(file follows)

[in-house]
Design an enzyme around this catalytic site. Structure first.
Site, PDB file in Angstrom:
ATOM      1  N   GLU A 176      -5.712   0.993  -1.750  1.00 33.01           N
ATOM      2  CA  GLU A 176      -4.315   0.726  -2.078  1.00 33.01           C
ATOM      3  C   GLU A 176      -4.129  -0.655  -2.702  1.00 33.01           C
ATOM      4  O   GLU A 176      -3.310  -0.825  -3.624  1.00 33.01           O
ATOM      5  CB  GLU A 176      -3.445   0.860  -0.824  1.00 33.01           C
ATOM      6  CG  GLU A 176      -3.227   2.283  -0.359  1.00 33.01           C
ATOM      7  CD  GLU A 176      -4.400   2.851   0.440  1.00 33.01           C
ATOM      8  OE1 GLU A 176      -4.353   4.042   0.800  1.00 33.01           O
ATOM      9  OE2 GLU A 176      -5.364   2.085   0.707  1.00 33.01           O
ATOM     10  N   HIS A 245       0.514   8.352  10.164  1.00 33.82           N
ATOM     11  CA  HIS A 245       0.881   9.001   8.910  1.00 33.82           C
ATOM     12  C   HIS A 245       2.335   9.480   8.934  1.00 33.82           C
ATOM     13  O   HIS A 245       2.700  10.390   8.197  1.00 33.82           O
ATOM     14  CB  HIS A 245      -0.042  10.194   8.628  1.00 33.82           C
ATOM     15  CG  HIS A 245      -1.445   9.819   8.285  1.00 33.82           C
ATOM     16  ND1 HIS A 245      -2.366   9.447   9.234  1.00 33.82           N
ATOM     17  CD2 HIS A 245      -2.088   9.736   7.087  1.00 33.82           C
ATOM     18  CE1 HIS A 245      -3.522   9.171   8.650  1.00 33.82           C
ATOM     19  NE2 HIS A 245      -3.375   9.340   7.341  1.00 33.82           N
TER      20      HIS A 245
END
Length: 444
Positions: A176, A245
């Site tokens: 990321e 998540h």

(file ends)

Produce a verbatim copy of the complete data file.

[in-house]
Design an enzyme around this catalytic site. Structure first.
Site, PDB file in Angstrom:
ATOM      1  N   GLU A 176      -5.712   0.993  -1.750  1.00 33.01           N
ATOM      2  CA  GLU A 176      -4.315   0.726  -2.078  1.00 33.01           C
ATOM      3  C   GLU A 176      -4.129  -0.655  -2.702  1.00 33.01           C
ATOM      4  O   GLU A 176      -3.310  -0.825  -3.624  1.00 33.01           O
ATOM      5  CB  GLU A 176      -3.445   0.860  -0.824  1.00 33.01           C
ATOM      6  CG  GLU A 176      -3.227   2.283  -0.359  1.00 33.01           C
ATOM      7  CD  GLU A 176      -4.400   2.851   0.440  1.00 33.01           C
ATOM      8  OE1 GLU A 176      -4.353   4.042   0.800  1.00 33.01           O
ATOM      9  OE2 GLU A 176      -5.364   2.085   0.707  1.00 33.01           O
ATOM     10  N   HIS A 245       0.514   8.352  10.164  1.00 33.82           N
ATOM     11  CA  HIS A 245       0.881   9.001   8.910  1.00 33.82           C
ATOM     12  C   HIS A 245       2.335   9.480   8.934  1.00 33.82           C
ATOM     13  O   HIS A 245       2.700  10.390   8.197  1.00 33.82           O
ATOM     14  CB  HIS A 245      -0.042  10.194   8.628  1.00 33.82           C
ATOM     15  CG  HIS A 245      -1.445   9.819   8.285  1.00 33.82           C
ATOM     16  ND1 HIS A 245      -2.366   9.447   9.234  1.00 33.82           N
ATOM     17  CD2 HIS A 245      -2.088   9.736   7.087  1.00 33.82           C
ATOM     18  CE1 HIS A 245      -3.522   9.171   8.650  1.00 33.82           C
ATOM     19  NE2 HIS A 245      -3.375   9.340   7.341  1.00 33.82           N
TER      20      HIS A 245
END
Length: 444
Positions: A176, A245
């Site tokens: 990321e 998540h």